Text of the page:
With support of – amongst other things – Urban Dictionary, the USPTO considered that “OKURRR?” is commonly used in the drag community and by celebrities as an alternate way of saying “OK” or “something that is said to affirm when someone is being put in their place”. Because consumers are accustomed to seeing this term or expression commonly used in everyday speech by many different sources, they would not perceive it as a mark identifying the source of applicant’s goods and/or services, but rather as only conveying an informational message.

While an amended application would not necessarily reverse the decision, the USPTO welcomed the applicant to submit further evidence and arguments in support of registration.

Kim Kardashian's Kimono

Turning to accusations of cultural appropriation, Kim Kardashian also filed a series of trade mark applications to register the terms “Kimono”, “Kimono Body,” “Kimono Intimates” and “Kimono World” for her new shapewear collection. Amongst others, the applications designated goods in Classes 18 (leather and imitations of leather, animal skins, trunks and travelling bags and umbrellas) and 25 (bags, wallets, shapewear, robes and kimonos) of the Nice Classification:
Her attempt to register “Kimono” has not gone unnoticed. A Japanese word that means “a thing to wear”, a kimono commonly refers to traditional Japanese garments that have been around for centuries, thus prompting claims of cultural appropriation on the side of Kardashian. In particular, using the word “Kimono” for a line of products that have nothing to do with (Japanese) kimonos could potentially be problematic since it would remove the word from any cultural or historical context. Her marketing decision would therefore ignore and potentially erase both Japanese tradition and world-wide Japanese experiences.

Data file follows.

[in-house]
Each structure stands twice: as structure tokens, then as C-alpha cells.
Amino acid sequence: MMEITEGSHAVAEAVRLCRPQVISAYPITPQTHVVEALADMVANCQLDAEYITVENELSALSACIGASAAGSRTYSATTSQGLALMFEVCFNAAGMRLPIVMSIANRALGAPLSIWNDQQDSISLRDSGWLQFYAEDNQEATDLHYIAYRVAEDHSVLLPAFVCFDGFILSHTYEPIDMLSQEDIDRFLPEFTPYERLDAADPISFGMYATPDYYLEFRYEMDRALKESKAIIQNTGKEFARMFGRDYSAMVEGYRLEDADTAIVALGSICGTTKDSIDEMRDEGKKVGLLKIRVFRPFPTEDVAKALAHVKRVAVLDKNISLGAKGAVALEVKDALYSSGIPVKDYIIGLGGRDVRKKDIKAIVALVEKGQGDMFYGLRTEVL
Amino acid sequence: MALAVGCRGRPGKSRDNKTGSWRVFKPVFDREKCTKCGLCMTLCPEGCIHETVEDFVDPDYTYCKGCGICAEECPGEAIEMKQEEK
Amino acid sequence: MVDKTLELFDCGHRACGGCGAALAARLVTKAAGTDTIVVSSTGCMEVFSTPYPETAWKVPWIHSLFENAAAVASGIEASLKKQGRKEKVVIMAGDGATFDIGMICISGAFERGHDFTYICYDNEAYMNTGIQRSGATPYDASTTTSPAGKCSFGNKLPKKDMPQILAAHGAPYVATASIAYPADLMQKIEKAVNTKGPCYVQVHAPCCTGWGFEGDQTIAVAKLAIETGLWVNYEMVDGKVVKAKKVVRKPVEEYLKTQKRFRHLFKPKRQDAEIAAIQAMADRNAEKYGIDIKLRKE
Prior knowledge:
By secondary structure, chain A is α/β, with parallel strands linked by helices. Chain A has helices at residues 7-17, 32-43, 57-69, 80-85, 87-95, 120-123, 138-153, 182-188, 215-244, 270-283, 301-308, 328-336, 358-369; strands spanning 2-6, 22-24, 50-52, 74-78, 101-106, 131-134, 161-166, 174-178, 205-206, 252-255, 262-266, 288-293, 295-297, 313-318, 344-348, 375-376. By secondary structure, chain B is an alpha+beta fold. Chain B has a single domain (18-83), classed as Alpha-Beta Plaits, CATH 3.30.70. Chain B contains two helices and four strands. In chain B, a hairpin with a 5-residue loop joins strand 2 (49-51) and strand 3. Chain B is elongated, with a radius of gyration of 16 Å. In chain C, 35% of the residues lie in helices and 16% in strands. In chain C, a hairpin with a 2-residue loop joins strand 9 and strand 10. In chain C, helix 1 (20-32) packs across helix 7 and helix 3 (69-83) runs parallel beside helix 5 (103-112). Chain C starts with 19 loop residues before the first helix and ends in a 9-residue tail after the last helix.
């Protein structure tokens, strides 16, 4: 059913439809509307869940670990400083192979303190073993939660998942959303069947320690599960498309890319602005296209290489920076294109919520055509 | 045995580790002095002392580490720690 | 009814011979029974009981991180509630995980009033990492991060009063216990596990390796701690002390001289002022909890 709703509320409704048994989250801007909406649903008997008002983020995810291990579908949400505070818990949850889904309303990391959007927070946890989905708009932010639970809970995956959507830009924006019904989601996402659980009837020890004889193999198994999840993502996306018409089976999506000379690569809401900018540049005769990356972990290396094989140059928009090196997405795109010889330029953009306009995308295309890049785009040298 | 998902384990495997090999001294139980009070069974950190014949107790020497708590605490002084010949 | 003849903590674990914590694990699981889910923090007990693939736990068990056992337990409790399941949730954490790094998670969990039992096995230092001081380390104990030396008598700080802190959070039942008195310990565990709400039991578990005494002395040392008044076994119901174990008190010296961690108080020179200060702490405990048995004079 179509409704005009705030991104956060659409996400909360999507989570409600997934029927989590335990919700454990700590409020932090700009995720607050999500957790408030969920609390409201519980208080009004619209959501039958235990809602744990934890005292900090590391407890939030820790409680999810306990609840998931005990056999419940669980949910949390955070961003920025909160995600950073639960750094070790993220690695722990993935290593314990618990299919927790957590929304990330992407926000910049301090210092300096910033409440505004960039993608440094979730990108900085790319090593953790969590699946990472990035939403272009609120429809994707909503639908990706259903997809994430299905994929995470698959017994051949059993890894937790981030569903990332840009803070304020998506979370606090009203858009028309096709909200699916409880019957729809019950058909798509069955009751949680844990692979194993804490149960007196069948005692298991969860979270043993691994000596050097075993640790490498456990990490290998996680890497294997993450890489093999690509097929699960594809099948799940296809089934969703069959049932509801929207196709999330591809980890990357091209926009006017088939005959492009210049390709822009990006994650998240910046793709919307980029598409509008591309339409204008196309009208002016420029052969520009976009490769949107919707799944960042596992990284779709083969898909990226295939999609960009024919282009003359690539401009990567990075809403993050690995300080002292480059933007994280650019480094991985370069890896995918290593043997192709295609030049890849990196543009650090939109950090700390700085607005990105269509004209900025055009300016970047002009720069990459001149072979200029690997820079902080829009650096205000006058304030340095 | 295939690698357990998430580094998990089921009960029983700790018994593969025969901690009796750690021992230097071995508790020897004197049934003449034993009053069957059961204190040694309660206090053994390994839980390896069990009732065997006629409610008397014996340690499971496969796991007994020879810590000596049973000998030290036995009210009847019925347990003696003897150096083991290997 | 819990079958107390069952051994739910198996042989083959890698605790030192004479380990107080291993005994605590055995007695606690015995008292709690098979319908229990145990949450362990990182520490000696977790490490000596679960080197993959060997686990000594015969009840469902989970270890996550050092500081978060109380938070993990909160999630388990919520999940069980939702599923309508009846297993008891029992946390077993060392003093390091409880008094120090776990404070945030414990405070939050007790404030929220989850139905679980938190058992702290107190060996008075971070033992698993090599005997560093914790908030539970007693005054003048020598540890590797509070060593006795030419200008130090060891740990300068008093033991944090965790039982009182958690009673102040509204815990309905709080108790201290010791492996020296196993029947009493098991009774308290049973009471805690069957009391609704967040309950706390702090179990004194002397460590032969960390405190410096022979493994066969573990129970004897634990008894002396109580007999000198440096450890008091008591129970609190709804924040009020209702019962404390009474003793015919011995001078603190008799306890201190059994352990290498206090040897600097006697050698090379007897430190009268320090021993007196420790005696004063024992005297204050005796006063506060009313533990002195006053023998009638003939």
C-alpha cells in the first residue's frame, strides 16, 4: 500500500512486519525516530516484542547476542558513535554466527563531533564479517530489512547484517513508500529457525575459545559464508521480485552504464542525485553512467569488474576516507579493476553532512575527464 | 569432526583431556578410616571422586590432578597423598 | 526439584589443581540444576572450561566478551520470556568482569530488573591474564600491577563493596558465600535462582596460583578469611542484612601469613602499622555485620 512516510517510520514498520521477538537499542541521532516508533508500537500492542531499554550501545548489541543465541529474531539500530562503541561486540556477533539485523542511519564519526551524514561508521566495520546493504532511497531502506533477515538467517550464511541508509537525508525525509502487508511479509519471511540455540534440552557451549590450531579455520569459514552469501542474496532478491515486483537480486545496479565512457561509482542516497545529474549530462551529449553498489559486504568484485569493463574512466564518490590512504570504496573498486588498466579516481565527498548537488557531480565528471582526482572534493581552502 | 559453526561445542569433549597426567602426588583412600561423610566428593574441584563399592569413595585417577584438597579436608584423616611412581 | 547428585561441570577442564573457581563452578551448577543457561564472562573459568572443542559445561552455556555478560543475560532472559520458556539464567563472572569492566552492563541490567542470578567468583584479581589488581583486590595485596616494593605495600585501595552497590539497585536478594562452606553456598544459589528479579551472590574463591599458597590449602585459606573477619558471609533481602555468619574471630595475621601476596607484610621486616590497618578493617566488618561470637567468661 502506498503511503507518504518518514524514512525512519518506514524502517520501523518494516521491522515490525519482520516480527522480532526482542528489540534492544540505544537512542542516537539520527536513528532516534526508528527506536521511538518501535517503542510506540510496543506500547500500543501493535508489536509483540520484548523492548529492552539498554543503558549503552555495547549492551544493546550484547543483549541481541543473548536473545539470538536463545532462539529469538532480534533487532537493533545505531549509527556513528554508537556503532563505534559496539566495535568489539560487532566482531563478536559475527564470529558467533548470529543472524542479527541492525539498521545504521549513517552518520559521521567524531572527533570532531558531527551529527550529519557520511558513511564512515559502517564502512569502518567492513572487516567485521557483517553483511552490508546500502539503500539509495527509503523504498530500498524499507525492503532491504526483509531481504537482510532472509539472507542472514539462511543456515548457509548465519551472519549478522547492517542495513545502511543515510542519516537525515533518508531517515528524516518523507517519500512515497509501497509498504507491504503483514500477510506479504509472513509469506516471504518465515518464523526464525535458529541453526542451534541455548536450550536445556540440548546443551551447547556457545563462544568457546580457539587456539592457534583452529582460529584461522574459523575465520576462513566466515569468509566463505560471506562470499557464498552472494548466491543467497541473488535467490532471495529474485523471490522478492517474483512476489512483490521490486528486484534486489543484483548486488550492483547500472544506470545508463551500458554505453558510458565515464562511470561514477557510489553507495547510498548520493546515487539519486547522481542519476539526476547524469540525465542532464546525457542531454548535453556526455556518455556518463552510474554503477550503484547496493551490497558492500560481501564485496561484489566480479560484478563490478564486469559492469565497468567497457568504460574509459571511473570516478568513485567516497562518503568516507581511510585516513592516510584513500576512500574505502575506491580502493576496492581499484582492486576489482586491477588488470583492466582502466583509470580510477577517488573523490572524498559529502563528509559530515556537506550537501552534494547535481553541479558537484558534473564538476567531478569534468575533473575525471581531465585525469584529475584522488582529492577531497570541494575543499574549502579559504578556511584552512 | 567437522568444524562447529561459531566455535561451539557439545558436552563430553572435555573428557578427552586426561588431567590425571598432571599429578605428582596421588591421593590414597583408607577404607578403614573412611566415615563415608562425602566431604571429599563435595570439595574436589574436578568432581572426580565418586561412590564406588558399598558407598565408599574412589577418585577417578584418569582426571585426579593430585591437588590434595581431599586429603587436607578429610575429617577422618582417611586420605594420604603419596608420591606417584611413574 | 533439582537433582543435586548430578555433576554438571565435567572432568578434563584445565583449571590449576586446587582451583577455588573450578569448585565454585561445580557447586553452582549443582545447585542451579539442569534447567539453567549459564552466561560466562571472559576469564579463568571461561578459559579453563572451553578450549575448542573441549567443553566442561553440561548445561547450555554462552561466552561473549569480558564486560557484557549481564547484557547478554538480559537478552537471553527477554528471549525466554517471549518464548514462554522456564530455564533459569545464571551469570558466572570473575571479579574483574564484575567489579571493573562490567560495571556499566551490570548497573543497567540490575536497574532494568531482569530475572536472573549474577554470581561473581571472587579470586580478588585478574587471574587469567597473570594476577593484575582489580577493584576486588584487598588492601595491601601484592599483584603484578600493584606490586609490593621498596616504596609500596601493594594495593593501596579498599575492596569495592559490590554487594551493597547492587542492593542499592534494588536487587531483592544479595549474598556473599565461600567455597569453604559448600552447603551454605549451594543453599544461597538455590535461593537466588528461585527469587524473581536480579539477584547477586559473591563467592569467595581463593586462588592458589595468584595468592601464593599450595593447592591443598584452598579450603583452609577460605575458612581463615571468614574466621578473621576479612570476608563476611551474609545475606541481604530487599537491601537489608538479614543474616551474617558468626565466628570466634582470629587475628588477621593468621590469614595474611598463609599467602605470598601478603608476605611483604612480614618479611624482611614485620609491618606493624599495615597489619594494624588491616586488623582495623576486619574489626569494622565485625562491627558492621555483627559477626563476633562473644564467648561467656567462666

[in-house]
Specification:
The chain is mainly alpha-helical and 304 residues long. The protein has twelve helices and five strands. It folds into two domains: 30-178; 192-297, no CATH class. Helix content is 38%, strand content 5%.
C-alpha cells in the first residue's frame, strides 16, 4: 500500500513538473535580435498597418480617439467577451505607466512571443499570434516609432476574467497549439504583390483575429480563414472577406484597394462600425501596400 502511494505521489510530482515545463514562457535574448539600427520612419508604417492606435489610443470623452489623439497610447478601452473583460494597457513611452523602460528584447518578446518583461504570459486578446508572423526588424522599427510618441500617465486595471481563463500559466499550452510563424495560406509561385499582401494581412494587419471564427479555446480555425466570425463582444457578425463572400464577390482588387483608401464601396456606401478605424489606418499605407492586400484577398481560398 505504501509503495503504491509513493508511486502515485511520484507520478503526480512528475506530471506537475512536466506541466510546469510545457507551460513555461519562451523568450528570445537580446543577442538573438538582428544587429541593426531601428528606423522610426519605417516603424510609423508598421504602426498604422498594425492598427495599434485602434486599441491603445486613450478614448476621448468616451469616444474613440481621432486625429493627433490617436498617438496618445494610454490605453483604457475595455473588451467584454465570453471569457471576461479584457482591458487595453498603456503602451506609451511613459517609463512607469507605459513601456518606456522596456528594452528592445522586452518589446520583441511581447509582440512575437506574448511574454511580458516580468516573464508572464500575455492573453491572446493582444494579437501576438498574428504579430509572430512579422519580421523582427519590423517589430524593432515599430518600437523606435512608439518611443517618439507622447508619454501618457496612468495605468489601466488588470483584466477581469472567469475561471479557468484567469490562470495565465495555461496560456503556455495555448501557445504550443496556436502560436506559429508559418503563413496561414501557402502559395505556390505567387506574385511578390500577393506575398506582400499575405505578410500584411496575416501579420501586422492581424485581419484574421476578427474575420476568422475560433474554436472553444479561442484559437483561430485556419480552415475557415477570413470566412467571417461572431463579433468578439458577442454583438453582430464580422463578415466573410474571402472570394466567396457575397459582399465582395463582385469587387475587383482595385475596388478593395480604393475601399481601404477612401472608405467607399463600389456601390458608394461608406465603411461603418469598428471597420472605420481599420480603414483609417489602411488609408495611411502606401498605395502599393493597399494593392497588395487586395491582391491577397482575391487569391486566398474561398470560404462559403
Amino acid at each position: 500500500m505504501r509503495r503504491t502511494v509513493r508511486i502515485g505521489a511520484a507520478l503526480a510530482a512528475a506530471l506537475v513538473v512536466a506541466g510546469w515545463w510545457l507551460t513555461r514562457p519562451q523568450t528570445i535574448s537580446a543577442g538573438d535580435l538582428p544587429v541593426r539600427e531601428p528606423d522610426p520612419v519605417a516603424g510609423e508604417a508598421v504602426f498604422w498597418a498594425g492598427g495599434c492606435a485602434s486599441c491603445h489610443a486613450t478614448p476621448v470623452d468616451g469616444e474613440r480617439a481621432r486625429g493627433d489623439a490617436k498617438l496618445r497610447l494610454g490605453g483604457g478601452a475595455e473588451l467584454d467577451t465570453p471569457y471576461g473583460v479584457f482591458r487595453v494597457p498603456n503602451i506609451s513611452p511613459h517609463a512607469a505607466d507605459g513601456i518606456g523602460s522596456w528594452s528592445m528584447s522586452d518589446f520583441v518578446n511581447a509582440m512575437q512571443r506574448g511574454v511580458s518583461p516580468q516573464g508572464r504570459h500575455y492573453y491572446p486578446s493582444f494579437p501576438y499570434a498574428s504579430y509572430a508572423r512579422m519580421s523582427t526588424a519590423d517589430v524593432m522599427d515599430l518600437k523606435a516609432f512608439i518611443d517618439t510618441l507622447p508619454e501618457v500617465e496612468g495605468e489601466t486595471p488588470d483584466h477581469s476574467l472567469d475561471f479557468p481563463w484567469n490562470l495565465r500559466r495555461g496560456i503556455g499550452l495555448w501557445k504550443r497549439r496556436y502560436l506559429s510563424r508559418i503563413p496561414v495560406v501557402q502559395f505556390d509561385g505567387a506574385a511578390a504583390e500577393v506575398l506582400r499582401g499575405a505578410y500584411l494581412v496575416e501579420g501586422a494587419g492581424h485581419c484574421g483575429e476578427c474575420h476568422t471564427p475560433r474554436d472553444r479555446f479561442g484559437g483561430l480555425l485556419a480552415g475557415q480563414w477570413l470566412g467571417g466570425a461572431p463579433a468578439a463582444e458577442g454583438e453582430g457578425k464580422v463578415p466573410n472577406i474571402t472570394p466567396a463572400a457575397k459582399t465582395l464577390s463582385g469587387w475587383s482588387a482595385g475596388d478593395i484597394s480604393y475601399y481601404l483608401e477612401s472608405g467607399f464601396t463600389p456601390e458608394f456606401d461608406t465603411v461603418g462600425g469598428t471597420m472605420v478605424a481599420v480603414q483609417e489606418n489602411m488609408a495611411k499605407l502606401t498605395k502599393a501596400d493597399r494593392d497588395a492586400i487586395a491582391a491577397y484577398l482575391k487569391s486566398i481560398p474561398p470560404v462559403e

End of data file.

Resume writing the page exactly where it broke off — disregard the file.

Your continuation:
In a letter addressed to Kim Kardashian, the Mayor of Kyoto asked Kim to re-consider her decision of using “Kimono” as her trade mark [see here]. In turn, this prompted her to announce on Instagram that she would change the name, although the various trade mark applications for “Kimono” appear to not yet been withdrawn.

Whether or not the USPTO would allow the trade mark applications, her attempt to register “Kimono” for the goods indicated above may nonetheless prove difficult.